Even the animated show Invincible, starring Steve Yuen, is focused on a mature audience.
I think just as naturally to us as The Boys fell into the comic-book-store landscape as a comic, we thought it would fall well into the media landscape as a TV show. But truthfully, without Marvel, The Boys wouldn’t exist or be interesting. I’m aware of that. I think if it was only Marvel, it would be bad. But I think it isn’t – clearly. An example I’m always quoting is, there’s a point in history where a bunch of filmmakers would have been sitting around, being like, ‘Do you think we’ll ever make a movie that’s not a western again? Everything’s a western! Westerns dominate the fucking movies. If it doesn’t have a hat and a gun and a carriage, people aren’t going to go see it anymore.’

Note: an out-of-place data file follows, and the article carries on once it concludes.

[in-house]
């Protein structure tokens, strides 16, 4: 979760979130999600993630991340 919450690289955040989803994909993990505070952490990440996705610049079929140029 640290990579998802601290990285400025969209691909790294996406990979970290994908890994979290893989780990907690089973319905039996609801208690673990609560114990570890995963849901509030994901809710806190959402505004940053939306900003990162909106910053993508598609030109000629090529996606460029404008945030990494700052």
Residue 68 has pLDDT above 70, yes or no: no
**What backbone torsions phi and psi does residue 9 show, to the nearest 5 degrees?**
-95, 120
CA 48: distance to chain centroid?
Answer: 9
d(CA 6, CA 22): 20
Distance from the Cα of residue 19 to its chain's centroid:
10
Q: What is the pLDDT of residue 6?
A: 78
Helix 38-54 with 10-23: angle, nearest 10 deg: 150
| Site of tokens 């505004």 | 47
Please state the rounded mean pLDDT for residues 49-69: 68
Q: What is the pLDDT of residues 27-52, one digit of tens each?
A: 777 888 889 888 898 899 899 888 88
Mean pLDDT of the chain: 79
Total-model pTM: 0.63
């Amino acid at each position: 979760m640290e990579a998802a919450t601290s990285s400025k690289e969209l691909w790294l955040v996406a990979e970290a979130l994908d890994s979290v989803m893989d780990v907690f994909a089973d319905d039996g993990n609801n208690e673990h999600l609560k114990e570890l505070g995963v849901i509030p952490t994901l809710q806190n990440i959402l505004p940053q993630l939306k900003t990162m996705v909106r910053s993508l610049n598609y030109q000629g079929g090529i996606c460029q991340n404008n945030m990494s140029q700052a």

Seth Rogen Loves Comics, Just Different Ones
Even though Marvel’s movies didn’t start the comic book genre of films, they did popularize it. Because of MCU, DC has been trying to catch up, and other companies have been looking into other superhero comics to adapt.
While DC did have the Arrowverse, which was successful for a while. But its family-friendly tone and stretched-out story lines did push away some of their audiences.
Amazon Prime’s mature-oriented show The Boys has been one of the best TV shows that feature superheroes. Three seasons in and it’s still getting good reviews from Rotten Tomatoes. The third season has been labelled “Certified Fresh” and holds an approval rating of 98%.